* Any views expressed in this opinion piece are those of the author and not of Thomson Reuters Foundation.Despite the headlines, trans women face the same levels of abuse from men as any other woman
Danielle St James is the chief executive of trans+ charity Not a Phase
Monday marks Transgender Day of Remembrance, an annual event in which transgender, non-binary and gender non-conforming people, together with our allies, come together to show our love for those we have lost in the past year as a direct result of their gender identity.
This year, in its annual Trans Murder Monitoring (TMM) update, transgender rights group TGEU revealed that in the past 12 months, 320 trans and gender-diverse people were reported murdered, down only slightly from 2022 when this figure stood at 327.
94% of those were trans women or trans feminine people.
It is worth noting that this figure does not include those whose lives were lost as a result of their gender identity, but not attributed to murder. Given that trans people only represent 0.5% of the population, whichever way you look at it, this figure is staggering.
Cisgender people (those whose identity is the same as they were assigned at birth) are being bombarded on a daily basis by a trans-hostile media that continues to drive clicks through sensationalist headlines.
This fact is putting us at direct risk of harm.
Hate crime against trans people increased by 11% in the past year alone; that shoots up to 186% when you look at the data over the past five years. And that’s just the incidents that have been recorded. Access to healthcare is a joke, with one freedom of information request revealing that trans people could be waiting up to 50 years for a first appointment on the NHS.
At last month’s Conservative Party Conference, we saw the British Prime Minister Rishi Sunak deny our very existence and the Health Secretary, Steve Barclay, suggest that trans people should be prevented from receiving care on the hospital ward that aligns with their gender identity.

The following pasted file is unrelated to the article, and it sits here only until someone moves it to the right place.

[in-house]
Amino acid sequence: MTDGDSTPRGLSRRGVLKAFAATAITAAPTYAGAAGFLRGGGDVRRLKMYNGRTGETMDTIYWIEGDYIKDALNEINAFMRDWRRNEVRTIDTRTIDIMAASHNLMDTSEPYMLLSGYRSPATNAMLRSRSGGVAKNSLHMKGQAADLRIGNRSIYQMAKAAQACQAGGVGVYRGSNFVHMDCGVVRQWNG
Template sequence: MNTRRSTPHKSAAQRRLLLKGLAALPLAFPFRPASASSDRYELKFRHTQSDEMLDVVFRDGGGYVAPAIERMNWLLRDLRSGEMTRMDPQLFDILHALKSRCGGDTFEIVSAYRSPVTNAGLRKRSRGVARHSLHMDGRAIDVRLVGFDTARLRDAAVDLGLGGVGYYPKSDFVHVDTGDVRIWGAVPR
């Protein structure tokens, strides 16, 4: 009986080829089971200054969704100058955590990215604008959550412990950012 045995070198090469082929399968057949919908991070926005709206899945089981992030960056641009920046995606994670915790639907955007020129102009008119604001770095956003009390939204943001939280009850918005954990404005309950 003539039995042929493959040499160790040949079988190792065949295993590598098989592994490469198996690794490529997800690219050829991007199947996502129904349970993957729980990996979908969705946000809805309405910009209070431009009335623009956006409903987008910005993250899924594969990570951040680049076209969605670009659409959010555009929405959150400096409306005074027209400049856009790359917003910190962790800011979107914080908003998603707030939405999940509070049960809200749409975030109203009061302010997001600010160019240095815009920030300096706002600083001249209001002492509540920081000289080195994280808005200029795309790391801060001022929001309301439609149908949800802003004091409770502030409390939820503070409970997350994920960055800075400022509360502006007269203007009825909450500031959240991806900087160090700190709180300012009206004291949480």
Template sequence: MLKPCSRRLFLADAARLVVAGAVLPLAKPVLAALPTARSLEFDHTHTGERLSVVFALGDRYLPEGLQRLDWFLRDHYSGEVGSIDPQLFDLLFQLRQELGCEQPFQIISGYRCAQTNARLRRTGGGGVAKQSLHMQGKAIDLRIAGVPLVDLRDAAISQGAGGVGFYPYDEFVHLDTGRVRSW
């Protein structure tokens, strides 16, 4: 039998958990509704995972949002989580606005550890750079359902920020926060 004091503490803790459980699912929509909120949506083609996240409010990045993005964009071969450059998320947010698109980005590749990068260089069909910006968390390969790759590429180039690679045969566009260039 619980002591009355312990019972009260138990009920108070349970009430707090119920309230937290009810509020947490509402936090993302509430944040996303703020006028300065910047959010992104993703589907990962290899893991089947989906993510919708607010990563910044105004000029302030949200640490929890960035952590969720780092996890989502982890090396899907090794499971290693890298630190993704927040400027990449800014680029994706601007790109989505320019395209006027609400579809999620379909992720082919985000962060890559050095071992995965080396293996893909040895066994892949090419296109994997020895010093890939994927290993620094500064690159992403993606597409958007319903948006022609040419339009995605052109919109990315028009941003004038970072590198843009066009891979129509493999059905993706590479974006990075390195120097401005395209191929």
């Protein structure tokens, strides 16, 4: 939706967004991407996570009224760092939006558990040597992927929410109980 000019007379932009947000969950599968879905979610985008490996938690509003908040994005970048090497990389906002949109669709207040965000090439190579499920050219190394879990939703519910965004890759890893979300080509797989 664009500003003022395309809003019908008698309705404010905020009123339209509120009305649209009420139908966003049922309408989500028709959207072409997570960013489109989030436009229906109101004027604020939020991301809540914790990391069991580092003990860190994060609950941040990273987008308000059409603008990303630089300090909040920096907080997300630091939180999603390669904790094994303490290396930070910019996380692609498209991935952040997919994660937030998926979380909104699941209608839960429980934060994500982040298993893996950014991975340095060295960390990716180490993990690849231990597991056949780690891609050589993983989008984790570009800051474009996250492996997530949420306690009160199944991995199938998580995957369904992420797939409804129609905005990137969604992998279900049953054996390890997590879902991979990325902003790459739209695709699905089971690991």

My friends tell me of people they know who are being left in the corridor between wards because of uncertainty around where to ‘put them’.
The drip drip of messaging aimed at othering trans people, at creating fear, disapproval and dislike towards us is having a very real impact. Research published by the British Social Attitudes Survey revealed a decline from 82% in 2019 to 64% in 2022 in response to the statement that respondents were “not at all prejudiced” against trans people.
In a recent post on Twitter, the mother of Alice Litman, a trans woman who tragically died byto suicide earlier this year, bravely shared how all this noise had seeded in her a mistrust of trans women, something that she would openly discuss with her children, while her daughter struggled secretly with her own identity.
As the saying goes: Be careful who you hate, it could be someone you love.
Despite being positioned as a threat to cis women, the reality is that the issues faced by trans women are the same. We suffer the same abuses; we have the same need for safety and protection from abuse at the hands of violent men. Statistics show that trans people are four times as likely to be the victims of violent crime.
In the cold light of day, it’s easy to see the direct correlation between the dehumanising narrative being pushed out and trans people being on the receiving end of dehumanising behaviour.
It’s when those messages are disguised as being in the best interests of cis women that the real truth is lost, and the hatred, towards a community that is simply looking to present the most authentic version of themselves to the world, is encouraged to grow.